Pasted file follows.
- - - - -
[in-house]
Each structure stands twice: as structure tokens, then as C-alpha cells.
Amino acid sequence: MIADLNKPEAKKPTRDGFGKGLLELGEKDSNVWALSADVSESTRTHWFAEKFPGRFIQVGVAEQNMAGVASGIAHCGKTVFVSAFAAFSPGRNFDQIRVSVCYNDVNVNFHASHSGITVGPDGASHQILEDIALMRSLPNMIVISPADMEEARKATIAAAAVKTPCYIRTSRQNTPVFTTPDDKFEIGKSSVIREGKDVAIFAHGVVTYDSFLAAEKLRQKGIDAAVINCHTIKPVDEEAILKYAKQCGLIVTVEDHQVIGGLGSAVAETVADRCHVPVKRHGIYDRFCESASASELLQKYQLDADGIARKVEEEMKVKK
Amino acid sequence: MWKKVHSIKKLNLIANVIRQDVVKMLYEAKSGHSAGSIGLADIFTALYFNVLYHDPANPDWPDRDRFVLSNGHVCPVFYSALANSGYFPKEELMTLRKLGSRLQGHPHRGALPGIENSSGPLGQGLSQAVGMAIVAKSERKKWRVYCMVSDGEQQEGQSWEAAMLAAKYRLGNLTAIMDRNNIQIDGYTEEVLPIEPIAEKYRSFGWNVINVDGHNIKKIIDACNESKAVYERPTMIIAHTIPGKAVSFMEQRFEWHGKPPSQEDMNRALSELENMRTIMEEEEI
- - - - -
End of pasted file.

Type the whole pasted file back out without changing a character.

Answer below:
[in-house]
Each structure stands twice: as structure tokens, then as C-alpha cells.
Amino acid sequence: MIADLNKPEAKKPTRDGFGKGLLELGEKDSNVWALSADVSESTRTHWFAEKFPGRFIQVGVAEQNMAGVASGIAHCGKTVFVSAFAAFSPGRNFDQIRVSVCYNDVNVNFHASHSGITVGPDGASHQILEDIALMRSLPNMIVISPADMEEARKATIAAAAVKTPCYIRTSRQNTPVFTTPDDKFEIGKSSVIREGKDVAIFAHGVVTYDSFLAAEKLRQKGIDAAVINCHTIKPVDEEAILKYAKQCGLIVTVEDHQVIGGLGSAVAETVADRCHVPVKRHGIYDRFCESASASELLQKYQLDADGIARKVEEEMKVKK
Amino acid sequence: MWKKVHSIKKLNLIANVIRQDVVKMLYEAKSGHSAGSIGLADIFTALYFNVLYHDPANPDWPDRDRFVLSNGHVCPVFYSALANSGYFPKEELMTLRKLGSRLQGHPHRGALPGIENSSGPLGQGLSQAVGMAIVAKSERKKWRVYCMVSDGEQQEGQSWEAAMLAAKYRLGNLTAIMDRNNIQIDGYTEEVLPIEPIAEKYRSFGWNVINVDGHNIKKIIDACNESKAVYERPTMIIAHTIPGKAVSFMEQRFEWHGKPPSQEDMNRALSELENMRTIMEEEEI